Accretion and ejection in black holes

The strong gravity of black holes may capture surrounding material that spirals around the black hole from the outer regions down to the event horizon. This material is heated to very high temperatures emitting radiation, mostly in the optical-UV and the X-ray frequencies of the electro-magnetic spectrum. A fraction of the inflowing material is sometimes ejected from the system in the form of winds or jets, ranging from low power to very powerful, highly collimated and sometimes highly relativistic jets. Our research activity is devoted to the understanding of the physical phenomena that regulates the accretion and ejection of material in black holes, by interpreting the radiative properties at multi-frequency, with a particular focus at X-gamma ray and radio emission.

Gamma ray burst (GRB), illustration. GRBs are focused beams of extremely high energy coming from distant galaxies. It is thought that they occur when a star is torn apart by powerful jets that form as it undergoes gravitational collapse. This massive short-lived burst of energy is hundreds of times brighter than an ordinary supernova or hypernova.


Transients and highly variable sources of various types are common in the Universe. Many of these objects have been discovered and extensively studied at different timescales ranging from less than 1 second to years. In recent times a wealth of new transients and associated phenomena have been discovered especially thanks to the all-sky or wide field instruments onboard Swift, Fermi, MAXI and INTEGRAL. These include e.g. bright Galactic black holes, NS sources, outbursts following tidal disruption events, gamma-ray bursts and supernova shock breakouts. Many new transients are expected to be discovered in the near future and new types will be amenable to study, like EM counterparts to GW sources discovered by LIGO/Virgo and possibly other multi-messenger sources as neutrino emitters, fast radio bursts etc.

epa05154649 A undated handout graphic, made available 11 February 2016 by NASA /  CALTECH-JPL, showing an artist's impression of gravitational waves generated by binary neutron stars. US researchers said 11 February 2016 they have detected gravitational waves, which physicist Albert Einstein first described 100 years ago as 'ripples in the fabric of space-time.' Scientists from Caltech and the Massachusetts Institute of Technology (MIT) made the announcement in Washington and other locations around the world. There were immediate suggestions that the discovery could well win them the Nobel Prize in Physics. The signal detected with LIGO, an observatory with sites on both sides of the United States, was very clear and there was no room for doubt that it was direct evidence of the waves, said Bruce Allen, who is acting director at Germany's Max Planck Institute for Gravitational Physics. He said two scientists with his group in the northern German city of Hanover were the first to notice the effect. The announcement may confirm Albert Einstein's last unproven theory, dating from 1916.  EPA/R. HURT / CALTECH-JPL / HANDOUT  HANDOUT EDITORIAL USE ONLY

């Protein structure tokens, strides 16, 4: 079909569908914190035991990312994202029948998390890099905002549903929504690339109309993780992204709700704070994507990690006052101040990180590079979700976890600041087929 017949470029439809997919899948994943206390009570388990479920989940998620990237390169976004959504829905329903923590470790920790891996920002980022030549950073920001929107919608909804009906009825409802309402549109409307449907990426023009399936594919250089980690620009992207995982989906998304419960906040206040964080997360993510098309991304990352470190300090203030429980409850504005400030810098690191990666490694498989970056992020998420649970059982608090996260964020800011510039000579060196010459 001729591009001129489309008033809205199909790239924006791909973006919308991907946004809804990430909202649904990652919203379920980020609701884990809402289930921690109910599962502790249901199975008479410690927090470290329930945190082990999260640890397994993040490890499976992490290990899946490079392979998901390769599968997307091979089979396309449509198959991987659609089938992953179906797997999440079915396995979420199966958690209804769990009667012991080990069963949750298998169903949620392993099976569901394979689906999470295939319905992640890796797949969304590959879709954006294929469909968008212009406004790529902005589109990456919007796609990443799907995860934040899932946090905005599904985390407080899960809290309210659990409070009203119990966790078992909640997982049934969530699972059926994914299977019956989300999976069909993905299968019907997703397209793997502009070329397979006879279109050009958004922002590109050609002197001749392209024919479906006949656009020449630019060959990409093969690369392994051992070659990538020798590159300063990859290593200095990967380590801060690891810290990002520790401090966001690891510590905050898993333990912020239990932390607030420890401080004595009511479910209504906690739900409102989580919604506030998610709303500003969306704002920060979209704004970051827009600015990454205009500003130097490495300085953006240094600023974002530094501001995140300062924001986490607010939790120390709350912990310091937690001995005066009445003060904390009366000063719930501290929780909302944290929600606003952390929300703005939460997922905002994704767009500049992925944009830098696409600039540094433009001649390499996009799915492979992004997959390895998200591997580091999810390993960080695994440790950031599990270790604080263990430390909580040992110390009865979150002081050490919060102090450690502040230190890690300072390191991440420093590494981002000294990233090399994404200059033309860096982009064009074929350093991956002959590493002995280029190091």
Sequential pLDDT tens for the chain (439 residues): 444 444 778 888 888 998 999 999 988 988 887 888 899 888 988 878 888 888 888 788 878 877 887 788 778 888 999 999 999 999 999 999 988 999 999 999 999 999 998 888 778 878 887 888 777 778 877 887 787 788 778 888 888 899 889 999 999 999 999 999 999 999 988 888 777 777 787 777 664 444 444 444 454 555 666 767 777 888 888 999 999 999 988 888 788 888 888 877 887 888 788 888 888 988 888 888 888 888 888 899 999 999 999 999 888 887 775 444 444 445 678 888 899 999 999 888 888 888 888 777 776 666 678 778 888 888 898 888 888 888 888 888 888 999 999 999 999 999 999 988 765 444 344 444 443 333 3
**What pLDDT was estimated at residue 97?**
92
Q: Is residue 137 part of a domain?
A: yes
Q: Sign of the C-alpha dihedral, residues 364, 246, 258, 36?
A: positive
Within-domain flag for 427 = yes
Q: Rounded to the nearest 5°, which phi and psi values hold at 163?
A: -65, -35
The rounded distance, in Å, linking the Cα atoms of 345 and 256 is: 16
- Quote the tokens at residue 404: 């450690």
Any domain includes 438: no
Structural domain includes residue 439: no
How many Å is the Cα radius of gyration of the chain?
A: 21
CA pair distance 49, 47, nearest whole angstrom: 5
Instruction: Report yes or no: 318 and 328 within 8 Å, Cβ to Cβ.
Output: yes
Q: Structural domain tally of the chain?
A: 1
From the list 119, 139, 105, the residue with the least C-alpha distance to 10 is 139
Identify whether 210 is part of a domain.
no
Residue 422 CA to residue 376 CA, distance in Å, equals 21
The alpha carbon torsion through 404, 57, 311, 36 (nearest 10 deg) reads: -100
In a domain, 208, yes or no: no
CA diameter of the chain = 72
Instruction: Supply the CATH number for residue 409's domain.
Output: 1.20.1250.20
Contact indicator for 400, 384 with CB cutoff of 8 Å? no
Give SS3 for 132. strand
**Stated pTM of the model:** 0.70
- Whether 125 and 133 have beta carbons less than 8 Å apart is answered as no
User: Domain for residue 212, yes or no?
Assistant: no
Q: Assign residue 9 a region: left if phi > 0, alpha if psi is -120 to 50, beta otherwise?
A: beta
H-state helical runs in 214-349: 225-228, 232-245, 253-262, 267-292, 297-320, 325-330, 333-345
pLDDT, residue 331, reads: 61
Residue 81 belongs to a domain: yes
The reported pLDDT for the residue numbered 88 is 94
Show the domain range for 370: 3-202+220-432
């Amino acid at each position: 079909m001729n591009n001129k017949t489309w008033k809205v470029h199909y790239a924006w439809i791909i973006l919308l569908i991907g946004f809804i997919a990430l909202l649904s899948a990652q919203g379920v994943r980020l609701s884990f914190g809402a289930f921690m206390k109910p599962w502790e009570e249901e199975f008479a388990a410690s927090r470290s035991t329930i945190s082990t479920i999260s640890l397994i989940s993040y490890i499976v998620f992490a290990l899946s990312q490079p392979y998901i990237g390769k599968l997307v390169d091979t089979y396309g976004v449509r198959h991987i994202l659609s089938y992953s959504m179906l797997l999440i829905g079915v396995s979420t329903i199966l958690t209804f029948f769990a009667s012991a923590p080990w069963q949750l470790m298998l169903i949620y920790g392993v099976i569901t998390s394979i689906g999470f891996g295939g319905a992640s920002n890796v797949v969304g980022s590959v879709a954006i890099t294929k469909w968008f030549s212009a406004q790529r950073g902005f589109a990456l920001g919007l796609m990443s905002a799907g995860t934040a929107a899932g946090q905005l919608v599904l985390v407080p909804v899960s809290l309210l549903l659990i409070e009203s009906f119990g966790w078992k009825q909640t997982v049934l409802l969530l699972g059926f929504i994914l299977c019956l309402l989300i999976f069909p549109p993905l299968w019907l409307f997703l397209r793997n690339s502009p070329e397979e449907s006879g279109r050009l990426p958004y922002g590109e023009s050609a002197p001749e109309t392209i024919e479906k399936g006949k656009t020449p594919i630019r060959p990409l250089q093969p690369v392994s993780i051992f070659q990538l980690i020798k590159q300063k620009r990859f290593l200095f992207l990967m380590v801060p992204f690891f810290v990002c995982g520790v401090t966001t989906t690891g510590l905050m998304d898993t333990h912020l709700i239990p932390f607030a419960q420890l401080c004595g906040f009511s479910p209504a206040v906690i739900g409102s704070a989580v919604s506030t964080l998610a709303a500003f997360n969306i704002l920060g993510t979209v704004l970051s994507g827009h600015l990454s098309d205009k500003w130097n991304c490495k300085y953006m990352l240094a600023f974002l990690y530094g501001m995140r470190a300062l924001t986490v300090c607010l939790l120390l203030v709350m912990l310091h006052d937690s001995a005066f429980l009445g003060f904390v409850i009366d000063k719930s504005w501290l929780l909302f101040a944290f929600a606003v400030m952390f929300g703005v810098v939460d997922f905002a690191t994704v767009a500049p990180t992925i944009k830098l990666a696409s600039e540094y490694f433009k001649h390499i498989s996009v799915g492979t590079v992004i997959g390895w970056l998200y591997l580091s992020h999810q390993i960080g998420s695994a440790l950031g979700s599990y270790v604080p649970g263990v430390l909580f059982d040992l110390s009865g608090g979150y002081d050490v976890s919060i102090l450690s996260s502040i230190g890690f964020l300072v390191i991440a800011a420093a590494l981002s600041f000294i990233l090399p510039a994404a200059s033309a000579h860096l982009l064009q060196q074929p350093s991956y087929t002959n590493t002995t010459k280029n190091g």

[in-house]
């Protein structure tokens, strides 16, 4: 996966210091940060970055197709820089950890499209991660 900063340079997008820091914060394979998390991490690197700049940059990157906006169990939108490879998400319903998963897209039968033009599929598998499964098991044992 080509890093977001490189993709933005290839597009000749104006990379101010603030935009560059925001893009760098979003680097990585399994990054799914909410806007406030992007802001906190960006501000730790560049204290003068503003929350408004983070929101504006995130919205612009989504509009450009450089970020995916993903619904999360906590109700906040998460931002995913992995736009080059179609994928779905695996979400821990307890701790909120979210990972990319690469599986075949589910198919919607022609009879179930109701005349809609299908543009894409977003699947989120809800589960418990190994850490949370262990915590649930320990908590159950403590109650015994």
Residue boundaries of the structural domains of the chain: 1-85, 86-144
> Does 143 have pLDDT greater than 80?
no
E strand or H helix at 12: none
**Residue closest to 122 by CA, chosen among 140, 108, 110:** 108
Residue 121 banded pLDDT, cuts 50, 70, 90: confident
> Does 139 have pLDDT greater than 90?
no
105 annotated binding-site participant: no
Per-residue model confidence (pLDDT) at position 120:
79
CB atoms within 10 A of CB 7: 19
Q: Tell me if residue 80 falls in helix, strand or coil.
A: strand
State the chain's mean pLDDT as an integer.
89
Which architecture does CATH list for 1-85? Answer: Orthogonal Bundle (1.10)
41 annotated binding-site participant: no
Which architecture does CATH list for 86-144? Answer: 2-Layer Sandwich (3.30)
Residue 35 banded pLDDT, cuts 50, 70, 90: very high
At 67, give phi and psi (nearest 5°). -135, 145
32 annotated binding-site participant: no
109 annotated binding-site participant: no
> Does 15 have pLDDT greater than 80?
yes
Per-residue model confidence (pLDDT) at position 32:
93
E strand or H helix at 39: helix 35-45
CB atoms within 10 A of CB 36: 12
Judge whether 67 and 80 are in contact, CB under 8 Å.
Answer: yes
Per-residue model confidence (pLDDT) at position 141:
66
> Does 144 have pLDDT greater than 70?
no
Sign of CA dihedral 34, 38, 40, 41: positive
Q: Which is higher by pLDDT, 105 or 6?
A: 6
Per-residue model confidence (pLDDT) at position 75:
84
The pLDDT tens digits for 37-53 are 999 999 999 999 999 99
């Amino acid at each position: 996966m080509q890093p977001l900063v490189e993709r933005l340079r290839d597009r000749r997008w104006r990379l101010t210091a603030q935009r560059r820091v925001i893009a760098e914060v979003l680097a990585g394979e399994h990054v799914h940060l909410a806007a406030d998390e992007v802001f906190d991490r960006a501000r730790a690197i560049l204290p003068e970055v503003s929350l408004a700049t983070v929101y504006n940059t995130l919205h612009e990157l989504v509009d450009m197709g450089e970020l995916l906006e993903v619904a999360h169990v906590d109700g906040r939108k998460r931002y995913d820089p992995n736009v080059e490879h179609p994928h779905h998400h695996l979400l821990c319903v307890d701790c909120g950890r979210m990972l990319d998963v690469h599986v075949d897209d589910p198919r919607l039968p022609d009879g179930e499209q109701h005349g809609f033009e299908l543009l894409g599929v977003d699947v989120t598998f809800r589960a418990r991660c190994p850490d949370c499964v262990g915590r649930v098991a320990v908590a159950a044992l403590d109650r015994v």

Gravitational Waves

Gravitational waves (GW) were predicted nearly one hundred years ago as a natural consequence of general relativity and finally detected on 2015 September 14 by the LIGO-VIRGO Collaboration from the BBH (Binary Black Hole) merger GW150914. Since then INTEGRAL has observed in gamma rays 5 out of the 6 BBH GW detections mergers and provided the tightest upper limits on GW150914. In the last two years INTEGRAL has gained a leadership in the search of GW EM counterparts from binary black holes mergers, and detected the first gamma-ray counterpart, contemporary with Fermi, from two the coalescent neutron stars GW170817, starting the era of the “multi-messenger” astronomy: a success of our Group expected to continue in the future. The first detection of the prompt electromagnetic counterpart coincident with GW170817 has been a forward step in our knowledge of NS-NS merging.
An unexpected result was the extremely low isotropic luminosity of the event relative to other short gamma-ray bursts (SGRBs) with known redshifts, revealing a population of low luminosity SGRBs. The most popular interpretation is that GRB 170817A was viewed off-axis, rather than that the event had an intrinsically low luminosity. In either case, this result has spurred off-line searches for SGRBs below instrument trigger thresholds in hopes of finding similar events.



The latest IBIS survey by our team collected data from 1000 INTEGRAL orbits and resulted in a list of about 1000 hard -X ray Astrophysical emitting object of all types. A step forward is on the way to get 1500 orbit light curves in different energy bands and spectra covering the 20-300 keV range for these 1000 objects and many others from other surveys. This activity would lead to understanding of the hard X-ray properties of different classes, studying the variability patterns as well as modulation on long term with this data base covering almost 15 years. We will search for short term variability aiming to discover other SFXT candidates and possibly discovery new “exotic" objects. Also, a correlation between the Fermi unidentified objects and the H.E.S.S. galactic plane survey will be possible.